We also watched really old movies and selected TV shows, Because the editing of most new shows is very fast, some shows were not compatible with cognitive rest. Reruns of old sitcoms, or even slow-paced contemporary TV (think "Monk" or "Psych," i.e., "live action", not animation) are much easier on cognitive processes. Heidi also stayed away from the computer.
In addition, Heidi continued to see her chiropractic neurologist, Dr. Vincent Kiechlin (Dr. K). Chiropractic, now considered a branch of mainstream medicine, is best known, of course, for the adjustments DCs do of the vertebra of the neck and back to correct misalignments (subluxation) which irritate the spinal nerves, reducing muscle strength and setting off spasms, or other painful symptoms.
Chiropractic neurology was developed by Dr. Ted Carrick and is a much more recent sub-specialty focusing specifically on brain function. A CN evaluation is able to identify areas of the brain that injured or damaged. Its therapies promote new connections into damaged areas in order to improve brain function. The ability of the brain to form new connections is called "neuroplasticity".
The CN view of concussion suggests that, following the injury, symptoms linger due to the swelling of neurons in the damaged area of the brain, causing dysfunction of those neurons and possibly the death of connections. The goal of CN is to identify the damaged areas using simple, yet sophisticated, diagnostic techniques which explore brain function.
One of the tests a chiropractic neurologist uses involves the use of a blue-and-white-striped cloth ribbon (in some cases a red and white stripe) called a optokinectic nystagmus strip, which the CN moves horizontally in front of the patient's eyes to check how smoothly she can track the stripes as they go by (see photo below). This gives the CN information about processing activities in various centers of the brain (using the eyes as a window on brain processing is a core approach of chiropractic neurology).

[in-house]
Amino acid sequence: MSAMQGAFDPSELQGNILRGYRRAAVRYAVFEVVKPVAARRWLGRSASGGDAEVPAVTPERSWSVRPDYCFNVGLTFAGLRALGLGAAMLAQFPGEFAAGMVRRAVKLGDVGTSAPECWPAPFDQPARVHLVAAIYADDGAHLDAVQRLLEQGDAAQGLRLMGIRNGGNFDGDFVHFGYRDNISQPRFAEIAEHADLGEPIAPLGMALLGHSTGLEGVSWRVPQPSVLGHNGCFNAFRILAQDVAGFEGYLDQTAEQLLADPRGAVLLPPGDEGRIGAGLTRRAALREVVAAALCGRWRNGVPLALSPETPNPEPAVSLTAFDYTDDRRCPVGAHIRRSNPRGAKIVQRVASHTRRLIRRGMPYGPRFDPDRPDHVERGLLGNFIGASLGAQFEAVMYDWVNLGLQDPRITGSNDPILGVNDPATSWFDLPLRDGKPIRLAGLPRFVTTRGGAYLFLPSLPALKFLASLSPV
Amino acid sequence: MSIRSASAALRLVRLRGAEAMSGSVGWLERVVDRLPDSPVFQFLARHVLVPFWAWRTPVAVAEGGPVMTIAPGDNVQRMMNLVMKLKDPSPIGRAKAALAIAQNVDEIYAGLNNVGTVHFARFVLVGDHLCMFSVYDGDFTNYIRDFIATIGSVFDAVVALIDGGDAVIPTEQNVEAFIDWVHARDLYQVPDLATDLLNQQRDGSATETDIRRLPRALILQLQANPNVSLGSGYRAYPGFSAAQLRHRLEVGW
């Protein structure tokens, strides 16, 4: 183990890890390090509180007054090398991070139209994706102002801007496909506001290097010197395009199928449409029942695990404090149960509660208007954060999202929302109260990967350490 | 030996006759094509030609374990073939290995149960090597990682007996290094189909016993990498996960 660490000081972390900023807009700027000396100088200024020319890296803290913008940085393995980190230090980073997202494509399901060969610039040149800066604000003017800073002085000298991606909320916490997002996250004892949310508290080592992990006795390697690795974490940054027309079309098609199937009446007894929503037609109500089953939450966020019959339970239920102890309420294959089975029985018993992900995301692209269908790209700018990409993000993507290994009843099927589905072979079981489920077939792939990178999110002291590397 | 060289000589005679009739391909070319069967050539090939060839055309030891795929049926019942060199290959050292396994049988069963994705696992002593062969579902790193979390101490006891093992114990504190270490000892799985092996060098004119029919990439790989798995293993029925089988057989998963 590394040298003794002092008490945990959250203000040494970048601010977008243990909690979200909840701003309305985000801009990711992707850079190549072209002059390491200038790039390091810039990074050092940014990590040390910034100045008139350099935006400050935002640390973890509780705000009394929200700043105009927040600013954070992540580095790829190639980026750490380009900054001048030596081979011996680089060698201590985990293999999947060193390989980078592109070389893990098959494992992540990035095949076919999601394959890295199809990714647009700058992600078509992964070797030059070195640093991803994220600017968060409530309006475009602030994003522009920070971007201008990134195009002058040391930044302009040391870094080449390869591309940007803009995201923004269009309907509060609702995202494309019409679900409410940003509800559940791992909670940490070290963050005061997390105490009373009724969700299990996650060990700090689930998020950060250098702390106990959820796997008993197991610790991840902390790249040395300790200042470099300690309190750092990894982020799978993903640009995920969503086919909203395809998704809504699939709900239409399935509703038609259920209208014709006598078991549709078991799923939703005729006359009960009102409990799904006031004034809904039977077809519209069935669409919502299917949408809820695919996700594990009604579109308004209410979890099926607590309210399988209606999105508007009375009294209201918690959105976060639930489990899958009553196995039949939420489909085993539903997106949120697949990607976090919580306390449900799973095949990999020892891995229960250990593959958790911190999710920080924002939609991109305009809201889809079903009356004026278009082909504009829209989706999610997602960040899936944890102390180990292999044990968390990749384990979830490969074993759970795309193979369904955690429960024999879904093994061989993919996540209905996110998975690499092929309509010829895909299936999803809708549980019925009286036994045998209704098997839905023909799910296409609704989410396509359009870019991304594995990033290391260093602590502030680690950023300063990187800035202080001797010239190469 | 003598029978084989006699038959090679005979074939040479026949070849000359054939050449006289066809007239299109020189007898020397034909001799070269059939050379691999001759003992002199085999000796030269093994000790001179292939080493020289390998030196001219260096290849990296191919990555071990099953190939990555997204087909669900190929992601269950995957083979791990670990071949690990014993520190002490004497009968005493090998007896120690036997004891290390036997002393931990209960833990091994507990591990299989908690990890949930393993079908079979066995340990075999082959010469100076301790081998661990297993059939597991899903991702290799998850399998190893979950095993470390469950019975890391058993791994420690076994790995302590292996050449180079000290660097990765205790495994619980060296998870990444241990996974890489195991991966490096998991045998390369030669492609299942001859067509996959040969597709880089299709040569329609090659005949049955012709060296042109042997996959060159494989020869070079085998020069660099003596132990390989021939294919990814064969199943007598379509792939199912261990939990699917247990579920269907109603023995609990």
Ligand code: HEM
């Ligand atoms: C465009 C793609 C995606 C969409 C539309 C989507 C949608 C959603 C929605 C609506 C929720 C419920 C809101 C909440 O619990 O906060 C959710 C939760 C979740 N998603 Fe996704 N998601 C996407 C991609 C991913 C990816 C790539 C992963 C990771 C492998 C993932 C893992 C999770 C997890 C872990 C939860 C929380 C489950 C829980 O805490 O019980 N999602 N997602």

Another test of eye movement used by CNs is called videonystagmography or VNG, in which the patient wears a pair of black goggles equipped with a camera that transmits live video of one eye to a monitor, enlarging and recording the information about brain processing provided by the eye movement. The chiropractic neurologist watches to see how the patient's eye responds to the way he moves her body and can replay the video for the patient so she can see how her own eye responds. Here are photographs of Heidi wearing the goggles, and of the monitor showing her eye.
New connections (neuroplasticity) are encouraged through various stimulations appropriate for the specific area of the brain injury. One specific brain area often damaged in a concussion is the vestibular system. Injury to the vestibular system may cause dizziness and/or dysfunction of the brain's vascular (blood flow) system, among other symptoms. When the blood flow is impacted, reduced oxygen and glucose to the brain can slow down the recovery.
CN employs a deep toolbox of non-invasive sensory experiences to gently stimulate (or calm) targeted areas of the brain or nervous systems to reduce neurologic imbalance and improve function and productivity. This toolbox includes selective environmental stimuli, such as very simple, non-strenuous, visual exercises; the use of specific colors and patterns of target lights, and other sensory therapies. Coincidentally, we had been taking Heidi to see Dr. K since she was 13 months old, related to her disability, so we have an ample bank of positive experience with CN as an aid to recovery from many conditions, and have referred many others to him, if the fit seems right. The CN also suggested getting into a pool and floating, or taking frequent baths, to lighten the load on the vestibular system, especially for her dizziness.
[NOTE: One technique often employed as a first therapy for dizziness is the Epley maneuver (or canalith repositioning maneuver) used to treat benign paroxysmal positional vertigo (BPPV). It is often performed by a doctor, chiropractor, or a physical therapist, after confirmation of a diagnosis of BPPV using the Dix-Hallpike. Canaliths are little crystals resting on a membranous cushion in your cochlea. Gravity pulls on them, and they tell you how your body is oriented in space. Sometimes they get mispositioned, causing dizziness and/or nausea. BPPV was not Heidi's problem; the Epley maneuver Dr. K tried left her feeling worse. Other CN therapies were very helpful, but the dizziness was eventually helped more by craniosacral therapy (CST), described below. We did not see an ENT or neurotologist for the dizziness.]
Part Three of the series "Unmarked Detour."
For more in the series, click here.
For a page listing related video segments featuring Dorothy Bedford, click here.
Dorothy Bedford is a mother of three from Princeton, New Jersey.
Posted January 26, 2012